All Ireland Society for Higher Education (AISHE), AISHE-C 2008: Encouraging Student Engagement

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Exploring similarities and differences in the reported academic experiences of 'former access' and 'traditional-entry' university students: a constructivist grounded theory approach
Elaine B Keane

Last modified: 2008-05-16


Similar to the international context, Irish higher education institutions are increasingly focusing on the recruitment of students from under-represented groups (McGuire, Collins & Garavan, 2003), inter alia, students from lower socio-economic groups (OECD, 2004; Schuetze & Slowey, 2002; Clancy, 2001). Whilst much attention and research has focused on the recruitment and access of such students to higher education, relatively little research has been conducted on their subsequent academic experiences, the latter which thus constitutes the focus of this research. A qualitative approach was employed in this ongoing PhD study. Methodologically, a constructivist form of grounded theory is being used (Charmaz, 2006), in which the key role of the researcher as part of the research process is recognised. As one part of the research, 46 in-depth semi-structured interviews were conducted with undergraduate students; with 23 former school-leaver access (SLA)* and 23 'matched' (e.g. re. discipline) 'traditional-entry' (TE)** students in one Irish university. Following an initial analysis of these data, the following preliminary categories emerged:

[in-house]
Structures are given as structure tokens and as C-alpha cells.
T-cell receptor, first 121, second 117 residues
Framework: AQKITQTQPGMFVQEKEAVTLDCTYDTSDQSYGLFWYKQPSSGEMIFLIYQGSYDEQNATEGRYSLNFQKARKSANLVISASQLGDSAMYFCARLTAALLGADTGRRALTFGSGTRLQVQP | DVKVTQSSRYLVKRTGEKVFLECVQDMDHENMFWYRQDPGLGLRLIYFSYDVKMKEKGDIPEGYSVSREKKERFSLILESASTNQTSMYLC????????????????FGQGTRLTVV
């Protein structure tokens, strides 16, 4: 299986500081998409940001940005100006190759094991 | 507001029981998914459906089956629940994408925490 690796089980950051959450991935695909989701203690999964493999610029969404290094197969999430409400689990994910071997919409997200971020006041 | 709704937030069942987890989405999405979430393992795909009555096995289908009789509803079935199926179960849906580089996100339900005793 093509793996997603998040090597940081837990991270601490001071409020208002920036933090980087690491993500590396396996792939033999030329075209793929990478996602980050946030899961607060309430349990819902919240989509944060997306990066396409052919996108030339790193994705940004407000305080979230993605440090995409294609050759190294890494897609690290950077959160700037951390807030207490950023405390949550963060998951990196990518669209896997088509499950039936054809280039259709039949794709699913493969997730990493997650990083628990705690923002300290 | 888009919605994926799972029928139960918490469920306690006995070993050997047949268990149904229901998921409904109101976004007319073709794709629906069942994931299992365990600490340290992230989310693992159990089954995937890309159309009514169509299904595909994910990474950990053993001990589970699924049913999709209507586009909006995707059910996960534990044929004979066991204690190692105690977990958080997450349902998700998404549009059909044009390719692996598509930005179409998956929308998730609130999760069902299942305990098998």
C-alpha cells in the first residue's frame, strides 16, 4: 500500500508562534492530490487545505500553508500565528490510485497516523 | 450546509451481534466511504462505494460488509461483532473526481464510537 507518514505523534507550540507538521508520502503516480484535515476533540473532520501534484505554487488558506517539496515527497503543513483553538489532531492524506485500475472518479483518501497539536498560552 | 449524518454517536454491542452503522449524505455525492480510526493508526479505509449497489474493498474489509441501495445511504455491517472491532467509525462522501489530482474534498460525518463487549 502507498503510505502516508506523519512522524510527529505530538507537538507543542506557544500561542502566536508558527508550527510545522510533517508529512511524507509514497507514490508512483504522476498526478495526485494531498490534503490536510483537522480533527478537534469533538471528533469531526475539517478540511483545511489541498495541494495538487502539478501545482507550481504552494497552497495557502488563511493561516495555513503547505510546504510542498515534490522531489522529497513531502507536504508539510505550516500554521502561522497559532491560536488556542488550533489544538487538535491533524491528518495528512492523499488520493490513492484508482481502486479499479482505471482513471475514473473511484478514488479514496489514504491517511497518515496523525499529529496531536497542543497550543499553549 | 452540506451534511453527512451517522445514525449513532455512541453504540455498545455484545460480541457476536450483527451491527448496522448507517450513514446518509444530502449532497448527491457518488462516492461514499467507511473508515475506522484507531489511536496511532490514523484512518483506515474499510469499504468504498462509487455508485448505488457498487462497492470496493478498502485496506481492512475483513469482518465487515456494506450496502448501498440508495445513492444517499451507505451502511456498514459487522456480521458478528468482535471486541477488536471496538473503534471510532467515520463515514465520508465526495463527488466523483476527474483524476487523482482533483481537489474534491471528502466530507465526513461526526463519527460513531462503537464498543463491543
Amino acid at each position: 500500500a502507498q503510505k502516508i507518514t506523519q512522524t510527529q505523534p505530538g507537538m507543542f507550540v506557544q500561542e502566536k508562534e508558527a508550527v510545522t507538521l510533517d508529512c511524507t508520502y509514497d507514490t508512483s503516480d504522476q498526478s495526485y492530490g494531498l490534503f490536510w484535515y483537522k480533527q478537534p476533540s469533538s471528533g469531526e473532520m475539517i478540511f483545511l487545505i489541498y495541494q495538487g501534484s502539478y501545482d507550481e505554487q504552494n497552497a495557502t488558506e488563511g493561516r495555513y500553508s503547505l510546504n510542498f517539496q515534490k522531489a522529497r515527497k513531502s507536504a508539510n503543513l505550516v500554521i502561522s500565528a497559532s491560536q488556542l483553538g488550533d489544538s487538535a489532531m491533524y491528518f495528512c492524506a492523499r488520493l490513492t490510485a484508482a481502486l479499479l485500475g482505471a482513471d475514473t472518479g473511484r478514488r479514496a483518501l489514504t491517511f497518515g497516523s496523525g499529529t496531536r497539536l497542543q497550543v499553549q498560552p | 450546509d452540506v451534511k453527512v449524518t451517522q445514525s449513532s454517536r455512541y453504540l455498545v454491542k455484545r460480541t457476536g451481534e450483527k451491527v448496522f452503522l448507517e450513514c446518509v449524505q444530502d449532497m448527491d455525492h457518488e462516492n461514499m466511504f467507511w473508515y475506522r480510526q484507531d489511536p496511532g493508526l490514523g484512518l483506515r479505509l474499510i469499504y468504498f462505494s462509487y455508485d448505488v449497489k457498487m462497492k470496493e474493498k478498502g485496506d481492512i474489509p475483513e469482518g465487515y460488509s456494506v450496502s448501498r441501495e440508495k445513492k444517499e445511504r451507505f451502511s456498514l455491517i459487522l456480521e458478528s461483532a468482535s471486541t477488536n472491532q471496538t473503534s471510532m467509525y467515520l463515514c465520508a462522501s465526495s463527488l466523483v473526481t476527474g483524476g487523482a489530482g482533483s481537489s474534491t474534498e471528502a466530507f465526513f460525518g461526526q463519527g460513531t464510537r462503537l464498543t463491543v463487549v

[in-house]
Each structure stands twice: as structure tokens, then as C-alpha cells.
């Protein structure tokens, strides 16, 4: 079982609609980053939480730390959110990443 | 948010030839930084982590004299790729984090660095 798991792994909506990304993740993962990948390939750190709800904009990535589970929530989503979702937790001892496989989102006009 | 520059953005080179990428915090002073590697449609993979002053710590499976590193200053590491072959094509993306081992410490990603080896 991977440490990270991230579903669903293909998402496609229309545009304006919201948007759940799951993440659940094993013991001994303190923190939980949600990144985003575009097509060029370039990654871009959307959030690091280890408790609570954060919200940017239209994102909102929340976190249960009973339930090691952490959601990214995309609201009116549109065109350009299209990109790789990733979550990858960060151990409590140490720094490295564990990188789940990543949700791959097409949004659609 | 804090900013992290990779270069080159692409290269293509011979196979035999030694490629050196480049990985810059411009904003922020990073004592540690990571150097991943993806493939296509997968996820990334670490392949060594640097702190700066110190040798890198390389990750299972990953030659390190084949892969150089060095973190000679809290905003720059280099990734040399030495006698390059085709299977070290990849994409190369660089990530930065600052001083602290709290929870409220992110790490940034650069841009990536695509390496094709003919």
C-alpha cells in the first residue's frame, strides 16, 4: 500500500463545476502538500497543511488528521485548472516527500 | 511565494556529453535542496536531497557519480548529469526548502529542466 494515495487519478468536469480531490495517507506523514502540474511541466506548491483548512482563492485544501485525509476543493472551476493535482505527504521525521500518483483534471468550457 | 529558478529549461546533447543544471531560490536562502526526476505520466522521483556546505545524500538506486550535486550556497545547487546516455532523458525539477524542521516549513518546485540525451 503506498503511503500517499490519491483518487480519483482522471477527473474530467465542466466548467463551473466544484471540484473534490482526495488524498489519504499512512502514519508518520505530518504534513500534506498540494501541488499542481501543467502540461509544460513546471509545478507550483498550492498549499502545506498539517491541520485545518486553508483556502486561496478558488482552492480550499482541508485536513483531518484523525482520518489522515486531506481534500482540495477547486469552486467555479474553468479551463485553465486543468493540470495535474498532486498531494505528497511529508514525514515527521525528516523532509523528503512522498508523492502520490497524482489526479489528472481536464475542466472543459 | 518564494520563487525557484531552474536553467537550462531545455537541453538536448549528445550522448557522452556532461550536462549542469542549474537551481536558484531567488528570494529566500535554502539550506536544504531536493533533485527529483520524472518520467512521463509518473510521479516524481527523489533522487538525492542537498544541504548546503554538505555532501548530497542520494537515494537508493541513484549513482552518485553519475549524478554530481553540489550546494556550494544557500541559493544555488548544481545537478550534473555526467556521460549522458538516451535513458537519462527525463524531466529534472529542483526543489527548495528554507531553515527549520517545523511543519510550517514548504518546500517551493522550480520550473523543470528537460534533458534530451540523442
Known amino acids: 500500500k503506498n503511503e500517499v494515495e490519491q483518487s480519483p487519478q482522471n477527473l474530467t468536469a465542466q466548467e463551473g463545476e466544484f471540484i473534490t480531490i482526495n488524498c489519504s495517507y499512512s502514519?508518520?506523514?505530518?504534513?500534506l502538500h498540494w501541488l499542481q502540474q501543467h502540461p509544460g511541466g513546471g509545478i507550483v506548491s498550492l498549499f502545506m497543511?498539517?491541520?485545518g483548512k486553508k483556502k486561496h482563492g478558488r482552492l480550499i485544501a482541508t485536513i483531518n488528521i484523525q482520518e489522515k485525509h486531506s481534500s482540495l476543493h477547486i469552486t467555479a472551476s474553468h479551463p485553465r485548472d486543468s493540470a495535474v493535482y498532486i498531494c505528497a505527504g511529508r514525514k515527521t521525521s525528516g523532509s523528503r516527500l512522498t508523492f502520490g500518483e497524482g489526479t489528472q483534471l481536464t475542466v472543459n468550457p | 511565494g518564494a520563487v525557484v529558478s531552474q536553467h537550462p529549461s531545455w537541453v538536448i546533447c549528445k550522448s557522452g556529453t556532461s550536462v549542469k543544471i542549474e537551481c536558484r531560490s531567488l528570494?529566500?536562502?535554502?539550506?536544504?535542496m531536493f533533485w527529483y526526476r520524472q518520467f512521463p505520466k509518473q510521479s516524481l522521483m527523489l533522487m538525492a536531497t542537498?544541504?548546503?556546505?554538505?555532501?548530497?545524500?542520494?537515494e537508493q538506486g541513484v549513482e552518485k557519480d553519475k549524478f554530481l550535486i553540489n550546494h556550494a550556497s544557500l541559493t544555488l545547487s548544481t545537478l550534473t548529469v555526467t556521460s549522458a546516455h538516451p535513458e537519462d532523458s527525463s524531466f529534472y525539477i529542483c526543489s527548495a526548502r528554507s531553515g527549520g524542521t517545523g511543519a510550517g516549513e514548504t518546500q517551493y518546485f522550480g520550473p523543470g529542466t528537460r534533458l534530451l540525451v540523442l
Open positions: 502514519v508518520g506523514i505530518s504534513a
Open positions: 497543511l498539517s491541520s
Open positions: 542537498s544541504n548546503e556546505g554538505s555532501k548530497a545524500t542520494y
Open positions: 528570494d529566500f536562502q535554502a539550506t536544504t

o 'Deciding' to go to university (Always wanting to go vs. being the 'done' thing)
o Initial feelings: Feeling worried, excited, grateful, prepared or unprepared
o Learning at university (nature, expectations, preferences, approach)
o Seeing vs. not seeing 'a class thing' (students being/staying 'in their groups', social vs. functional role of university, 'disclosing' access)

Theoretical sampling was then employed to 'fill' any apparent conceptual 'gaps' in emerging categories. Following an overview of the context, previous research and the methodology, this paper explores a number of the findings of the continuing analysis, particularly in the context of the post-theoretical sampling stage.

* SLA: school-leaver age, from socio-economically disadvantaged backgrounds, have inadequate academic qualifications to progress to university through the 'traditional' route, and completed a pre-entry 'preparatory' programme.

** TE: school-leaver age, typically from non-socio-economically disadvantaged backgrounds, have progressed to university through the 'traditional' route following post-primary education.


Widening Participation, the Student Experience